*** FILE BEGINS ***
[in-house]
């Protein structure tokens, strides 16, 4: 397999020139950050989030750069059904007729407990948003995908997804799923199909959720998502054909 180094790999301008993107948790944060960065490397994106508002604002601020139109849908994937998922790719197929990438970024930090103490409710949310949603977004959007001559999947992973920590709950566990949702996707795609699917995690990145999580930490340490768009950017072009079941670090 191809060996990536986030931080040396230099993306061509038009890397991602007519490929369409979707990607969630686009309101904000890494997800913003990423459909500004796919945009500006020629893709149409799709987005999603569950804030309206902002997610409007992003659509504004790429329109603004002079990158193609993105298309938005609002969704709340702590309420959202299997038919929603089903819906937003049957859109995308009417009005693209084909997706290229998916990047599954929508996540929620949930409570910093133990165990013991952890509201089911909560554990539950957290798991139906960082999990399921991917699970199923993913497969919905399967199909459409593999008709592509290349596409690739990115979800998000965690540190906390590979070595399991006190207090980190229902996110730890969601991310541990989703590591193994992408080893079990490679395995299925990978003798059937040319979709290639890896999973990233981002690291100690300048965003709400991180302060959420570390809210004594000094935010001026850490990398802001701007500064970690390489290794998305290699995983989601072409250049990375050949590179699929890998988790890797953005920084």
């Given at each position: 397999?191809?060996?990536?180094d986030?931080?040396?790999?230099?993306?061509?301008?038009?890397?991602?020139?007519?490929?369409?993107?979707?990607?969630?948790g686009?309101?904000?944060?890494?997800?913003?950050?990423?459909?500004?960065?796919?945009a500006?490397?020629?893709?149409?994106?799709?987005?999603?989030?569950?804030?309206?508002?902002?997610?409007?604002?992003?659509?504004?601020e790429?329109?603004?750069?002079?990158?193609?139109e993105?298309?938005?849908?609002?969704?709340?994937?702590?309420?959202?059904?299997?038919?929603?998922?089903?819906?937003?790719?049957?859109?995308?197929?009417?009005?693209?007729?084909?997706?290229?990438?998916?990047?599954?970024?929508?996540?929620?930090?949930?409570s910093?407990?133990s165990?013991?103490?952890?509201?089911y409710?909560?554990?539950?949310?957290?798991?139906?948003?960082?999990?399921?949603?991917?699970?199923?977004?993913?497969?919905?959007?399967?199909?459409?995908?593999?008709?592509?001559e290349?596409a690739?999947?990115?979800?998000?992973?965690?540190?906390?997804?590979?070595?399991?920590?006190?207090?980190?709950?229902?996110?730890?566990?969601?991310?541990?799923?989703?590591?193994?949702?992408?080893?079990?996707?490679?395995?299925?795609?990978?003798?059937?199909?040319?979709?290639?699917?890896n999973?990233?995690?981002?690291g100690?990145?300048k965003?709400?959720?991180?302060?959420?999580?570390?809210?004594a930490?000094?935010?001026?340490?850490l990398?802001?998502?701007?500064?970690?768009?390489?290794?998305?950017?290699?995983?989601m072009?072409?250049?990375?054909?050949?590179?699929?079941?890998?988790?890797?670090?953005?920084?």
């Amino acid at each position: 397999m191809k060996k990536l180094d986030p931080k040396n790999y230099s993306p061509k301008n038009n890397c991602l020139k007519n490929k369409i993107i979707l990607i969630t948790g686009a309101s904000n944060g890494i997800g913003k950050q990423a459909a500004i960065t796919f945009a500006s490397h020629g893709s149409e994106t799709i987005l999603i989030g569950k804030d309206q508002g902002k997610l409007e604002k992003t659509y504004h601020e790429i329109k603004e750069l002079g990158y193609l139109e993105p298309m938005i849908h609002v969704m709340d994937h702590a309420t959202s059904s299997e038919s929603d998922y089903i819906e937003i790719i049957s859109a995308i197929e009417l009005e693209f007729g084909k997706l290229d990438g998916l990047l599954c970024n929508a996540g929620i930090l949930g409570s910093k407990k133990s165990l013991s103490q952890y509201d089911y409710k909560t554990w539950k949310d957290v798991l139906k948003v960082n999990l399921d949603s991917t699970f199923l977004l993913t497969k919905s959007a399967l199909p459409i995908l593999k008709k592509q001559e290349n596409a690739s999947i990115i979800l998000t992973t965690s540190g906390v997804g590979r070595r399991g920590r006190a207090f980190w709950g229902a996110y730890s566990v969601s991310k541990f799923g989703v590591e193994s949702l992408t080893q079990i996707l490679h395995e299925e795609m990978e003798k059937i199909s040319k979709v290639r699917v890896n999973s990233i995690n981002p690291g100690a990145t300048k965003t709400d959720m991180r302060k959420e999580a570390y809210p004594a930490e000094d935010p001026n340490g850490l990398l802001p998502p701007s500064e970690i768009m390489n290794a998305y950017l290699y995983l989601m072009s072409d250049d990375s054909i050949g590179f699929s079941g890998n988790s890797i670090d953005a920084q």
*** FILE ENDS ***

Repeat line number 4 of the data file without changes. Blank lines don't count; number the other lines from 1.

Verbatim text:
């Amino acid at each position: 397999m191809k060996k990536l180094d986030p931080k040396n790999y230099s993306p061509k301008n038009n890397c991602l020139k007519n490929k369409i993107i979707l990607i969630t948790g686009a309101s904000n944060g890494i997800g913003k950050q990423a459909a500004i960065t796919f945009a500006s490397h020629g893709s149409e994106t799709i987005l999603i989030g569950k804030d309206q508002g902002k997610l409007e604002k992003t659509y504004h601020e790429i329109k603004e750069l002079g990158y193609l139109e993105p298309m938005i849908h609002v969704m709340d994937h702590a309420t959202s059904s299997e038919s929603d998922y089903i819906e937003i790719i049957s859109a995308i197929e009417l009005e693209f007729g084909k997706l290229d990438g998916l990047l599954c970024n929508a996540g929620i930090l949930g409570s910093k407990k133990s165990l013991s103490q952890y509201d089911y409710k909560t554990w539950k949310d957290v798991l139906k948003v960082n999990l399921d949603s991917t699970f199923l977004l993913t497969k919905s959007a399967l199909p459409i995908l593999k008709k592509q001559e290349n596409a690739s999947i990115i979800l998000t992973t965690s540190g906390v997804g590979r070595r399991g920590r006190a207090f980190w709950g229902a996110y730890s566990v969601s991310k541990f799923g989703v590591e193994s949702l992408t080893q079990i996707l490679h395995e299925e795609m990978e003798k059937i199909s040319k979709v290639r699917v890896n999973s990233i995690n981002p690291g100690a990145t300048k965003t709400d959720m991180r302060k959420e999580a570390y809210p004594a930490e000094d935010p001026n340490g850490l990398l802001p998502p701007s500064e970690i768009m390489n290794a998305y950017l290699y995983l989601m072009s072409d250049d990375s054909i050949g590179f699929s079941g890998n988790s890797i670090d953005a920084q």